What happens if I break the law?

If you break the law, you may get arrested. Getting arrested can be overwhelming and very frightening, but even more so if you have special needs, do not understand what you are being charged with, do not have money to hire an attorney and have no idea what to do in court.  But laws make sure that anyone facing criminal charges gets competent attorneys to help them through the process.

First, if you are arrested, you have a right to remain silent.  You do not have to speak to police- this is your Miranda right to remain silent.  It is generally a good idea to wait to talk to a lawyer before you speak to police.


If you are arrested, you may be placed in jail. The court may set “bail” which is an amount of money that you must provide to guarantee to the court that you will come back for your court appearance.


If you pay bail, you will be released from jail, and given a date to appear in court.



When you appear in court for the first time, that is your arraignment.  At the arraignment you will be told what crime(s) you are being charged with.

You will be asked if you have a lawyer.  If you can afford to hire a lawyer, ask the judge for time to get a lawyer and a new court date.  Then get recommendations to find a good lawyer who knows about criminal law.

IF YOU CAN NOT AFFORD A LAWYER, the court (the Judge) is required to appoint an attorney to represent you at no charge, if you are charged with a misdemeanor or felony. (If you are charged with an infraction, the least serious type of crime, which does not have jail as a penalty for conviction, you are not entitled to an appointed lawyer.)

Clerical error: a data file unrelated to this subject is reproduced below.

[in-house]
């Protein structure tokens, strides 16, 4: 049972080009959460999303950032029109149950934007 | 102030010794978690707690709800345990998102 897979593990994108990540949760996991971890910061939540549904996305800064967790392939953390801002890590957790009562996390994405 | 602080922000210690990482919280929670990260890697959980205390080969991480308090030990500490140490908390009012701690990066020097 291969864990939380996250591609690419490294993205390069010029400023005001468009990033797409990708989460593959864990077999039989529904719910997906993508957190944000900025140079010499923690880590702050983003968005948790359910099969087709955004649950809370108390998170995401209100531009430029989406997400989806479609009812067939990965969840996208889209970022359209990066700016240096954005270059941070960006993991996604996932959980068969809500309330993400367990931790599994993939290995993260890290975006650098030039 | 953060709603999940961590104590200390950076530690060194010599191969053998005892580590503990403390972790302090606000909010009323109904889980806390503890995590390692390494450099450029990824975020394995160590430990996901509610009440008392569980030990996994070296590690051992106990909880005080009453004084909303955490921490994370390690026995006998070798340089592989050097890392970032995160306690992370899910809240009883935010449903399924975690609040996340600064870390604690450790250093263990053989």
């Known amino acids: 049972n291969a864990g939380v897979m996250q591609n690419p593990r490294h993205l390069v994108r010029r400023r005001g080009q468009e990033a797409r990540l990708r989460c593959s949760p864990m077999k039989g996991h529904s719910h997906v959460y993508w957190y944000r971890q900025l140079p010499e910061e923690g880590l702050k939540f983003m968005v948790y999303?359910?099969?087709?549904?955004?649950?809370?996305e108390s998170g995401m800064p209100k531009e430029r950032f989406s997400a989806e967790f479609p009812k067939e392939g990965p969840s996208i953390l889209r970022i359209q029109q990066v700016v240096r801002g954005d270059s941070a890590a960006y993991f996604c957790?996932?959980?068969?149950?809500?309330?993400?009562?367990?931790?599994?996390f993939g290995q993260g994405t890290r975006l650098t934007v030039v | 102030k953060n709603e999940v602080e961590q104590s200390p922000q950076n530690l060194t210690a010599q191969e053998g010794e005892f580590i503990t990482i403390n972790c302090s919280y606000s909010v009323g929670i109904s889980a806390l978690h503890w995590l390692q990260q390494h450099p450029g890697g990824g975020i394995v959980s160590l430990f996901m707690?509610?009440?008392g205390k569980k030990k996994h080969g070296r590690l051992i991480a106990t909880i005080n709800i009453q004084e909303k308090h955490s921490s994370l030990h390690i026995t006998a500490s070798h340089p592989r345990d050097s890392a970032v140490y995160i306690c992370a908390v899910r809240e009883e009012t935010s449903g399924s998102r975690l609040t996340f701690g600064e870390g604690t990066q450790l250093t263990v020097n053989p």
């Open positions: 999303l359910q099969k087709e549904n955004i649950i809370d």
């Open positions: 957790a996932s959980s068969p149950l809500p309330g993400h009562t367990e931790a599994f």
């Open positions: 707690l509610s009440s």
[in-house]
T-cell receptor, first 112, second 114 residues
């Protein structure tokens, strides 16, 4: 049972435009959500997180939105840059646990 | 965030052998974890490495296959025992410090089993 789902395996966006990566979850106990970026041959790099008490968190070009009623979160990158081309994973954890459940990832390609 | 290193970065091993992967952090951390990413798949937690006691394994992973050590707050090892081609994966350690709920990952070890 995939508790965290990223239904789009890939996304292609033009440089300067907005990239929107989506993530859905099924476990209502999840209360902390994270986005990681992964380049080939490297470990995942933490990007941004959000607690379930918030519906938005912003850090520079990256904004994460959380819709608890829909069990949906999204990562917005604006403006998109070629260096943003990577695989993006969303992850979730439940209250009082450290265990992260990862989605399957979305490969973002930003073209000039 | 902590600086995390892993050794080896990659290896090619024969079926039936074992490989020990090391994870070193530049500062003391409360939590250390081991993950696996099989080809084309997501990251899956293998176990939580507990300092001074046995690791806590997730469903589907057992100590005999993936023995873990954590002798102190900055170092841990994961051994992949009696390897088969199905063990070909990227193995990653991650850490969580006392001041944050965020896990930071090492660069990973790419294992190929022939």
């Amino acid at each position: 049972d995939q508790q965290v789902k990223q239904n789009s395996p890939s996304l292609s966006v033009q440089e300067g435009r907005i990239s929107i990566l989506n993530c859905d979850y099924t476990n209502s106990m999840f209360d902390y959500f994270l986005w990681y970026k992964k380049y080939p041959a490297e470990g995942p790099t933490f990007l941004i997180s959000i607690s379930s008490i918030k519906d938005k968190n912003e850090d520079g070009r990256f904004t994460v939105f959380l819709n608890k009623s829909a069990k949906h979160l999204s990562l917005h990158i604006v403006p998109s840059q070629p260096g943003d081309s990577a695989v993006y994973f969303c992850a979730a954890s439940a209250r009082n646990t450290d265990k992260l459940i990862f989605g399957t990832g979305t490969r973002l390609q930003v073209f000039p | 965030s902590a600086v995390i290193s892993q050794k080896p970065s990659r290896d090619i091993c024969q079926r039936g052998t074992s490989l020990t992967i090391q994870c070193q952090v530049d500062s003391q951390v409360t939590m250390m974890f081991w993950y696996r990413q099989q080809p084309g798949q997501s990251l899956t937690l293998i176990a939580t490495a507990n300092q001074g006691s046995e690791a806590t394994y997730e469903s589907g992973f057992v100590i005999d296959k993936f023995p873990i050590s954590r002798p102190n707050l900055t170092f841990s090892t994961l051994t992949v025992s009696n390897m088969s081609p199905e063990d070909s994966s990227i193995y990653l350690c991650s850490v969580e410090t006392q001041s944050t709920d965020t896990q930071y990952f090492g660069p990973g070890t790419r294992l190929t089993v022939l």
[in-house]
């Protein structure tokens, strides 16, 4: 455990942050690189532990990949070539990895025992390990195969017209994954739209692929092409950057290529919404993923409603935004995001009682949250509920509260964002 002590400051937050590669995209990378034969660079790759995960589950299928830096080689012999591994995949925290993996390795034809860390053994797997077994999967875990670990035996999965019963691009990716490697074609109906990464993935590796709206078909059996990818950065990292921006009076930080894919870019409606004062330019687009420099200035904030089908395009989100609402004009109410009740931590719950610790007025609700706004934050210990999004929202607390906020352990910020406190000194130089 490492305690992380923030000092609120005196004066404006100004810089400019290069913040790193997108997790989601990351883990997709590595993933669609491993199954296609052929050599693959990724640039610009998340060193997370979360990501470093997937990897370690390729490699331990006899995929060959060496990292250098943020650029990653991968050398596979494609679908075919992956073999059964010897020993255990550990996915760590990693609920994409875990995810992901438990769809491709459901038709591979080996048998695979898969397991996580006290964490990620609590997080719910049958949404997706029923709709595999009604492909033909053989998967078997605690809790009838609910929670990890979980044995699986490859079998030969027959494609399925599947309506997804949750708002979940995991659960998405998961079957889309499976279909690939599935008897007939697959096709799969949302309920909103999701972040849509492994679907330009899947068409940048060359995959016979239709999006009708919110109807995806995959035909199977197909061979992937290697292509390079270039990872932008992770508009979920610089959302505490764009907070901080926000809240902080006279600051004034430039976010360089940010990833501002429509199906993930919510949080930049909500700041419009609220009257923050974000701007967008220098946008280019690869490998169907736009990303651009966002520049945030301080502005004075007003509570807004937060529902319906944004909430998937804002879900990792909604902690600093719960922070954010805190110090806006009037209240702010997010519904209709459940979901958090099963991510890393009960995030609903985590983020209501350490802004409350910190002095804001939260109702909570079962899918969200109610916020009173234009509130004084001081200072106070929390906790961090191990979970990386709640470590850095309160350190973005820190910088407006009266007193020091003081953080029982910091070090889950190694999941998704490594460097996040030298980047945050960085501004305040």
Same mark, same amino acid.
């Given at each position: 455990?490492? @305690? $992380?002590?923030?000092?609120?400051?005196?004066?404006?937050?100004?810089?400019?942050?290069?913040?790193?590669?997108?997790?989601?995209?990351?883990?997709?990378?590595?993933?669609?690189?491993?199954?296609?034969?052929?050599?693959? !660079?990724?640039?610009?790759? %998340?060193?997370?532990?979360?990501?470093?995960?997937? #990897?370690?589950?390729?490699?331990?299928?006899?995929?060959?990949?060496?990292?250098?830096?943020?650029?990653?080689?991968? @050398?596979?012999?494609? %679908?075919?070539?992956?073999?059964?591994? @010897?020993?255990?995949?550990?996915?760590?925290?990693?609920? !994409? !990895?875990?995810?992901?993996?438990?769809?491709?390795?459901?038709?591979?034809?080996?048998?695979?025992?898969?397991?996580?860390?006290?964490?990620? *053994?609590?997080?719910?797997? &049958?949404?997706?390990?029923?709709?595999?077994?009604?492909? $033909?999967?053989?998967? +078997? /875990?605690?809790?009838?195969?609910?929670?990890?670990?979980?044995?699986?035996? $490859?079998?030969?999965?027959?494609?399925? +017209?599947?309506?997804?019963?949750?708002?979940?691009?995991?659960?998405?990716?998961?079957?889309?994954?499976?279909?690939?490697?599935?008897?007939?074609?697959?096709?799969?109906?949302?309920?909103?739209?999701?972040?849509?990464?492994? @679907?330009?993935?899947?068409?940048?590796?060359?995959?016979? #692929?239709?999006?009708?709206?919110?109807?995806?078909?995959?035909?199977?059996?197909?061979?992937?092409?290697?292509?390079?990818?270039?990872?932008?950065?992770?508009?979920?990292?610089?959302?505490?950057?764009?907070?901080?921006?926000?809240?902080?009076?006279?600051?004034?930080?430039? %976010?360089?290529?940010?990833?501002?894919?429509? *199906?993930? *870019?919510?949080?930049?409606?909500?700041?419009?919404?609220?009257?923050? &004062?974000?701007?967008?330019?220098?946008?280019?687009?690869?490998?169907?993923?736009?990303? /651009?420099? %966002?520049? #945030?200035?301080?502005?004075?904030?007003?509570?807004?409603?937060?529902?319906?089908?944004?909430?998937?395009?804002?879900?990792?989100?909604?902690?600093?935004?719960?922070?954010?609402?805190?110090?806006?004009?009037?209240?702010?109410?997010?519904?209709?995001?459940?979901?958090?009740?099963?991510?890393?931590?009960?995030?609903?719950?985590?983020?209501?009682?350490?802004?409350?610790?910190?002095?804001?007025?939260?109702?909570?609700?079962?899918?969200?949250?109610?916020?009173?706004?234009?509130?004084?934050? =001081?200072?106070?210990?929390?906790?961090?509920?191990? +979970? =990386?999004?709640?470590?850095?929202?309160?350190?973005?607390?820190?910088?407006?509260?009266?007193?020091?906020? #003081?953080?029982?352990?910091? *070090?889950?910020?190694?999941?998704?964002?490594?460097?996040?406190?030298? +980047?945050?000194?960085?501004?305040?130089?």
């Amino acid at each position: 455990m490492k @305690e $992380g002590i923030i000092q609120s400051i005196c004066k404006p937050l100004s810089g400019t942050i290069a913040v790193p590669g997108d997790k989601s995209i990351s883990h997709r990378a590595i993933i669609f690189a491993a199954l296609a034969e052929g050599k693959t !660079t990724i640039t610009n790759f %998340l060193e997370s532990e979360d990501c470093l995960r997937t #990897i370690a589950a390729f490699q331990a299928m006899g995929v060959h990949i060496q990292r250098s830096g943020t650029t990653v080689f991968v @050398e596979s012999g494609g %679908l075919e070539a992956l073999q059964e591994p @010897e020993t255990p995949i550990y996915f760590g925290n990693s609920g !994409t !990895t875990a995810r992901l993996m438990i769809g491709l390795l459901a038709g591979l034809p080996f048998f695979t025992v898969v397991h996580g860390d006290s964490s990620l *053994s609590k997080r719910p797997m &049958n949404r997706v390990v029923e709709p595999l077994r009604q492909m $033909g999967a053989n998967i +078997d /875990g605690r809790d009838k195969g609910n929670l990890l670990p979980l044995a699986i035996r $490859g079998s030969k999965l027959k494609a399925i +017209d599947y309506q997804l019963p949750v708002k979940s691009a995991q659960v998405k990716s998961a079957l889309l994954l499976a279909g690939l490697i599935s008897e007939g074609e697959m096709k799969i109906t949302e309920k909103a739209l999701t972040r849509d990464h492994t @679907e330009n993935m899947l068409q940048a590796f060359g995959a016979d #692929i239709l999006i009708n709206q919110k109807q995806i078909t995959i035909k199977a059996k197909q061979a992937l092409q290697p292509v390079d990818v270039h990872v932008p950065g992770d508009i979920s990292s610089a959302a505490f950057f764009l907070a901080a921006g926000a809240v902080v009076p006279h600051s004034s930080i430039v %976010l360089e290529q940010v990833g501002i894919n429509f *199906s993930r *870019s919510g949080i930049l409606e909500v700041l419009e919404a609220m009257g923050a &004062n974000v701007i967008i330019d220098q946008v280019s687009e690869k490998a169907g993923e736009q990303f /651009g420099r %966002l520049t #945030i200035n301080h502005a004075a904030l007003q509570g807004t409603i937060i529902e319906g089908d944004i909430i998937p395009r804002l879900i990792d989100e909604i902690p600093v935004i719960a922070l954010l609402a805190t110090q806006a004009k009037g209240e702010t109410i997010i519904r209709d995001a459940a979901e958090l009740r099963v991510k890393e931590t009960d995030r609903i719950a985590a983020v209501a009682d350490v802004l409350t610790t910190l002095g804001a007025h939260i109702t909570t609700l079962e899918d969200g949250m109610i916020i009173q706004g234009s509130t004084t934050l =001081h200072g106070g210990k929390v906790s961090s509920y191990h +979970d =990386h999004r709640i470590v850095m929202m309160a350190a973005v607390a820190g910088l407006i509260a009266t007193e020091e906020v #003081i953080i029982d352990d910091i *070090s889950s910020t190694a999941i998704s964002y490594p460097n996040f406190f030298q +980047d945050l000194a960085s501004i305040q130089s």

If you cannot afford to hire a lawyer, it makes a great deal of sense to let the court appoint a lawyer to represent you.  Answer the judge’s questions about your finances, but don’t say anything about the crime itself. It Is extremely important to say nothing in court about the crime itself.  Instead, save the discussion for your attorney.

At the arraignment, the judge will provide you or your lawyer with “discovery“ which is all of the information about the evidence that they have gathered against you. It is customary to enter a “not guilty“ plea in court at this time, while you decide what to do. Generally, it is a good idea to enter a “not guilty” plea at the arraignment, unless the judge is willing to give you a new court date for you to appear with a lawyer.


In private, discuss the evidence against you with your lawyer to help you decide how to respond to the charges.  Your lawyer will have a lot of experience and be in a good position to guide you through the evidence and through the court process. 

Remember if you are charged with a crime that it is the prosecutor’s burden to prove to a jury that you are guilty “beyond a reasonable doubt and to a moral certainty.”  Your lawyer can discuss with you the strength of the prosecutor’s case against you; this information will help you decide your best course of action.


At a hearing called a “Pre-trial hearing” your lawyer can discuss your case with the prosecutor and judge, explain your options, negotiate a plea for you.


If you can’t reach a plea agreement, you would have a trial.  There, your lawyer can present your case to a judge or jury, and argue for you.  If you are convicted, they must go over the pre-sentence report with you and bring facts that help you before the court.


Remember that your court-appointed lawyer is paid by the government but has the ethical responsibility to represent YOU to the best of his or her ability.

Having special needs most likely doesn’t change anything as far as your legal responsibility.  You are held responsible for any crime you committed, even if you have a guardian.  


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